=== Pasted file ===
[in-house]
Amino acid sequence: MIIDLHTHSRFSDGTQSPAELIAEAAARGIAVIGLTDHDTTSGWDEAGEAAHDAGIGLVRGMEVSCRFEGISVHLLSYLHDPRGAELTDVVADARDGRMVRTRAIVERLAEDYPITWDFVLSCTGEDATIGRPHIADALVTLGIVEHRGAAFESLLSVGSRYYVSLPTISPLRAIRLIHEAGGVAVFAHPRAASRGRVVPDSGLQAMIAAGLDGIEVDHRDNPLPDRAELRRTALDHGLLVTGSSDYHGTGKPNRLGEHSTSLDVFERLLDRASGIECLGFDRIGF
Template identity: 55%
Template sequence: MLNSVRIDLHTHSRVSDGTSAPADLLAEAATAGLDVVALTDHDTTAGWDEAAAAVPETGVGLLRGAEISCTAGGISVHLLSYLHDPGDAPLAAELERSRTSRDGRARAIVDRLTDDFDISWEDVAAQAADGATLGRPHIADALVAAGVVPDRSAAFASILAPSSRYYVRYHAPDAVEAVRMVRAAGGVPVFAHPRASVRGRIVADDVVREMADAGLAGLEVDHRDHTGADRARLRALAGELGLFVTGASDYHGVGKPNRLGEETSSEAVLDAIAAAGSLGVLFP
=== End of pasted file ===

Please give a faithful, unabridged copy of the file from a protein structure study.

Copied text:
[in-house]
Amino acid sequence: MIIDLHTHSRFSDGTQSPAELIAEAAARGIAVIGLTDHDTTSGWDEAGEAAHDAGIGLVRGMEVSCRFEGISVHLLSYLHDPRGAELTDVVADARDGRMVRTRAIVERLAEDYPITWDFVLSCTGEDATIGRPHIADALVTLGIVEHRGAAFESLLSVGSRYYVSLPTISPLRAIRLIHEAGGVAVFAHPRAASRGRVVPDSGLQAMIAAGLDGIEVDHRDNPLPDRAELRRTALDHGLLVTGSSDYHGTGKPNRLGEHSTSLDVFERLLDRASGIECLGFDRIGF
Template identity: 55%
Template sequence: MLNSVRIDLHTHSRVSDGTSAPADLLAEAATAGLDVVALTDHDTTAGWDEAAAAVPETGVGLLRGAEISCTAGGISVHLLSYLHDPGDAPLAAELERSRTSRDGRARAIVDRLTDDFDISWEDVAAQAADGATLGRPHIADALVAAGVVPDRSAAFASILAPSSRYYVRYHAPDAVEAVRMVRAAGGVPVFAHPRASVRGRIVADDVVREMADAGLAGLEVDHRDHTGADRARLRALAGELGLFVTGASDYHGVGKPNRLGEETSSEAVLDAIAAAGSLGVLFP